Date of Award


Document Type


Degree Name

Master of Science (MS)


Architectural Engineering

First Advisor

Kheira Anissa Tabet Aoul

Second Advisor

Dr. Rashed K. Al Shaali

Third Advisor

Moncef Krarti


The building sector in the United Arab Emirates (UAE) has experienced a tremendous expansion in the last forty years due to population growth and economic development. Presently, the UAE has one of the world’s largest energy consumption per capita, with the building sector accounting for 70% of the consumed energy. In the last decade, the government intensified its efforts to implement stringent environmental regulations and schemes by mandating environmental policies and regulations. It introduced “Estidama”; the local sustainability framework, and the Pearl Building Rating System (PBRS) to promote the development of sustainable buildings. All governmental buildings must achieve a minimum of 2 out of a maximum of 5 Pearls. Among these, schools are dominant in numbers and target the dual intent to create a sustainable as well as a healthy learning environment. In this regard, Abu Dhabi Educational Council (ADEC) has targeted all new schools to go beyond the requirement and reach 3 Pearls by planning to build 100 new schools from 2010 to 2020. Presently, 53 schools had been built. However, only 10 of the built schools have achieved the desired target.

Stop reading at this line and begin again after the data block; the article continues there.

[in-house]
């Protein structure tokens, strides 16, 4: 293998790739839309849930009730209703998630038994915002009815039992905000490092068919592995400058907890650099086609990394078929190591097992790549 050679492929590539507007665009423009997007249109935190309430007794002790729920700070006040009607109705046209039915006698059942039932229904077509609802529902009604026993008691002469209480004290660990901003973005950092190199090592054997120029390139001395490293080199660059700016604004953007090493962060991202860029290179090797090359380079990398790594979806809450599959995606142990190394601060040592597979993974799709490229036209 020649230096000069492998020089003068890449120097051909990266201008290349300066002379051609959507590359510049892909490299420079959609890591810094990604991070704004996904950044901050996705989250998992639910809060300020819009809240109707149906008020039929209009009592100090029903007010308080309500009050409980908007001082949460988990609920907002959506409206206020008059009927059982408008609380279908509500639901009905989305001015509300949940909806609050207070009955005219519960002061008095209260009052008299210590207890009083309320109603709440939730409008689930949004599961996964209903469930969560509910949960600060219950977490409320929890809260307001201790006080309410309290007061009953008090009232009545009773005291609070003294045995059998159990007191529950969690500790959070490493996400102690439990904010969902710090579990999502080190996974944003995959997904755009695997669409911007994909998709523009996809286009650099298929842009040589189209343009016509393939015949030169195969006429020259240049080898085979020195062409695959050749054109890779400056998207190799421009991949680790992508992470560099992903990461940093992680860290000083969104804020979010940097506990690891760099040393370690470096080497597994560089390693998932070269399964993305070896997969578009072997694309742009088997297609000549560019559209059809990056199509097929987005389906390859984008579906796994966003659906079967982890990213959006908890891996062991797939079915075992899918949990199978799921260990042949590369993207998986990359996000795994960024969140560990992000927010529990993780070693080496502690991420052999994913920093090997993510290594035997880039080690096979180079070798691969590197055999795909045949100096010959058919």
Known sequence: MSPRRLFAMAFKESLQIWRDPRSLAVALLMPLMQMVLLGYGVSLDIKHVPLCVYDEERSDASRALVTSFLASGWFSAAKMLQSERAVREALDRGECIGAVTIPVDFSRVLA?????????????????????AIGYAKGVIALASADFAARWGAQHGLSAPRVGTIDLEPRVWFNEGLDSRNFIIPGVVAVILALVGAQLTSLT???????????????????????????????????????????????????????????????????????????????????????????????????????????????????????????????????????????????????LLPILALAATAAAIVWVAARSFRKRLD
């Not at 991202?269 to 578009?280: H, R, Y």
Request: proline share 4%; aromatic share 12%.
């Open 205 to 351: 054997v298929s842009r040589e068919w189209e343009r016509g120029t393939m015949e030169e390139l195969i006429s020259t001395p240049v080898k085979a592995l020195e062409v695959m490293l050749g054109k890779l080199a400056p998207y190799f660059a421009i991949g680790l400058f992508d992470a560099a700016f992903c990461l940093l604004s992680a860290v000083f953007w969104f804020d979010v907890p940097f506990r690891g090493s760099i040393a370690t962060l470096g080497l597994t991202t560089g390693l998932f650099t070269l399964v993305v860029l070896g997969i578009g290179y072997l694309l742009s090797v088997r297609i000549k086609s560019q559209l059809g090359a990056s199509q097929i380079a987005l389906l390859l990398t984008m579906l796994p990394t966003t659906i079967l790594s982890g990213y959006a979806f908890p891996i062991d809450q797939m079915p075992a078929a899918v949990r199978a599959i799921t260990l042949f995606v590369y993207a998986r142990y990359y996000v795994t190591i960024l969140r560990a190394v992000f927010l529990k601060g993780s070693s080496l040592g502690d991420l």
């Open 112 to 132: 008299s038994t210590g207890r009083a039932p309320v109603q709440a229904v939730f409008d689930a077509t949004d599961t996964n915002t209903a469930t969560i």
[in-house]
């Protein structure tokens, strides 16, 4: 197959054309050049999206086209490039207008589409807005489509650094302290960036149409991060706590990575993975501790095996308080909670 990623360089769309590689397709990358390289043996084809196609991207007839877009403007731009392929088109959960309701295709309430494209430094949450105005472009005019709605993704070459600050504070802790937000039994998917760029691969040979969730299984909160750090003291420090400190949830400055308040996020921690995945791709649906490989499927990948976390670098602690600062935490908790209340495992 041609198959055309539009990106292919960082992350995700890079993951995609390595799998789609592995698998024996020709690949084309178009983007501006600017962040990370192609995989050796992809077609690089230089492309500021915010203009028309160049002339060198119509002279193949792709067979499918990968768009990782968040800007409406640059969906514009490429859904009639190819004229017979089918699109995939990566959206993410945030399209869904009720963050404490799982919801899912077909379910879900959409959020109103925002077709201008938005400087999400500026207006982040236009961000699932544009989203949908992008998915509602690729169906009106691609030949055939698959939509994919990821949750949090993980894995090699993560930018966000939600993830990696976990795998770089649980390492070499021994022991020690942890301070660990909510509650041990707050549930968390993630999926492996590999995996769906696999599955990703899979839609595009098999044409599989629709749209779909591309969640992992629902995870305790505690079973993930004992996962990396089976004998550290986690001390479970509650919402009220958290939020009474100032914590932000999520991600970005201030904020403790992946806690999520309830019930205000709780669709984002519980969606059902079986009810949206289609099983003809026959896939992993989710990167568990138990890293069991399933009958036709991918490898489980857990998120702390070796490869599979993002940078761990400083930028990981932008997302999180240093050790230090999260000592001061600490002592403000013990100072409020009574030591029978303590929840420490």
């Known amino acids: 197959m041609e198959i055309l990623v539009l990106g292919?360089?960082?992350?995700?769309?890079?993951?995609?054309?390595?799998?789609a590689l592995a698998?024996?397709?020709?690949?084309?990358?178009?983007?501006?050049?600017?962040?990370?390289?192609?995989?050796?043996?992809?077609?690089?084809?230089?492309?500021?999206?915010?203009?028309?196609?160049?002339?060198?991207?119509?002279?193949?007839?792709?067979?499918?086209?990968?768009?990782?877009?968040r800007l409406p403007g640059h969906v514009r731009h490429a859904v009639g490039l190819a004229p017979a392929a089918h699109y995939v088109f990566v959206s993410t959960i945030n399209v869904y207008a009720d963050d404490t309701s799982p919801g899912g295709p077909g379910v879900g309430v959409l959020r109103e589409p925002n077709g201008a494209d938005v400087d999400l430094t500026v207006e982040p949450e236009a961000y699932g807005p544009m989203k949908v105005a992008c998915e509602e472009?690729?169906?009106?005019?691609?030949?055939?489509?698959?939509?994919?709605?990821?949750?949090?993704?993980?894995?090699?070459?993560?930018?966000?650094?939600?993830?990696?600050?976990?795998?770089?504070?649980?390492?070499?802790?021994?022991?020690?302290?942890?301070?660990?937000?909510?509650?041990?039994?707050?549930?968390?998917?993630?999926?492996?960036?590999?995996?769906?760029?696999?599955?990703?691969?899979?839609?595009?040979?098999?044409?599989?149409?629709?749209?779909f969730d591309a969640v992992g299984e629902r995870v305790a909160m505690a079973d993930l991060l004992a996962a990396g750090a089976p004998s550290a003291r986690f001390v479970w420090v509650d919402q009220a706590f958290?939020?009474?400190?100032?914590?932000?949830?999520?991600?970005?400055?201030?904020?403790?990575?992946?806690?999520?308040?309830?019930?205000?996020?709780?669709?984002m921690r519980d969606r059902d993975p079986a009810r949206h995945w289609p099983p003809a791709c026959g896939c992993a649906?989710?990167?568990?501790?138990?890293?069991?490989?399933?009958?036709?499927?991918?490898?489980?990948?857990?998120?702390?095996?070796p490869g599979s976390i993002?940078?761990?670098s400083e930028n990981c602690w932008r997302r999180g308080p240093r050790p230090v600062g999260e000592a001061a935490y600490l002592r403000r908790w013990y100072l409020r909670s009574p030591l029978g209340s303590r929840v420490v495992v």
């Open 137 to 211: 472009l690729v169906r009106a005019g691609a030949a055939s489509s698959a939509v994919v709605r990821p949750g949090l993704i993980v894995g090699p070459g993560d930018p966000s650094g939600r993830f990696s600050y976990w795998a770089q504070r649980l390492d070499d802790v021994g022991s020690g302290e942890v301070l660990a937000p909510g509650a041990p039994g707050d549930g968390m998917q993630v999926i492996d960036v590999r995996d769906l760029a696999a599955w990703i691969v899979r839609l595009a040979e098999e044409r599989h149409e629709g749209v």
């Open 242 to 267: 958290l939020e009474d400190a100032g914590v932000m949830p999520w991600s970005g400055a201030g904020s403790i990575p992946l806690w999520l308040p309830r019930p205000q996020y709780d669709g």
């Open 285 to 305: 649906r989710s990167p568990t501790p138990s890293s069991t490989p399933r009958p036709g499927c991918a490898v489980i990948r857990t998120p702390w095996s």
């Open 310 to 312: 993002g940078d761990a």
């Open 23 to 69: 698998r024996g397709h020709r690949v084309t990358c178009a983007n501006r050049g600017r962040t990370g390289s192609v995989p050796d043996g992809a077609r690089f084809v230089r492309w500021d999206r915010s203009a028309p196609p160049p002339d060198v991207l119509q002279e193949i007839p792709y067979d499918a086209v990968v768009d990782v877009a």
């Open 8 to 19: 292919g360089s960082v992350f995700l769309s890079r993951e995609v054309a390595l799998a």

The objective of this research is to investigate the opportunities of enhancing the performance of ADEC schools that did not achieve the targeted Estidama level through a representative school prototype. Hence, an analysis of the Estidama performance of the school was carried out to identify the opportunities of enhancement, which showed a gap within the renewable energy systems. Next, a transient simulation tool TRNSYS, was used to assess and predict the performance of three renewable energy systems namely Photovoltaic System (PV), Solar Powered Absorption Chiller and Geothermal System. These systems were selected based on a literature review done to show their effective performances. Several parameters were optimized in each system to reach optimal performances. The photovoltaic system was sized to achieve 10% of the annual energy consumption and the solar absorption chiller targeted a cooling demand reduction of 10%. The geothermal system was sized to reach optimum values of delivered energy and outlet temperature of the ground heat exchanger. Finally, a simple payback period was done on the three systems to determine the economic feasibility of renewable energy in ADEC schools. Key findings revealed that the PV panels achieved the targeted 10% of the annual energy consumption producing 208849.32 kWh annually. The optimized solar absorption chiller system showed 19% annual cooling savings and 7.2% savings from the overall energy consumption of the school. The geothermal system findings implied 2.2% from the total energy consumption and 5.8% from the annual cooling consumption. The three renewable energy systems have shown collectively 19% savings of the annual energy consumption. The simple payback period for PV and solar absorption chiller was 3.5 years and for the geothermal system was 8 years. The proposed school design increased the credits of the school by 14 additional credit points and reached the targeted 3 Pearls. Finally, these results augur a great potential in integrating renewable energy systems in future ADEC schools for an improved energy performance.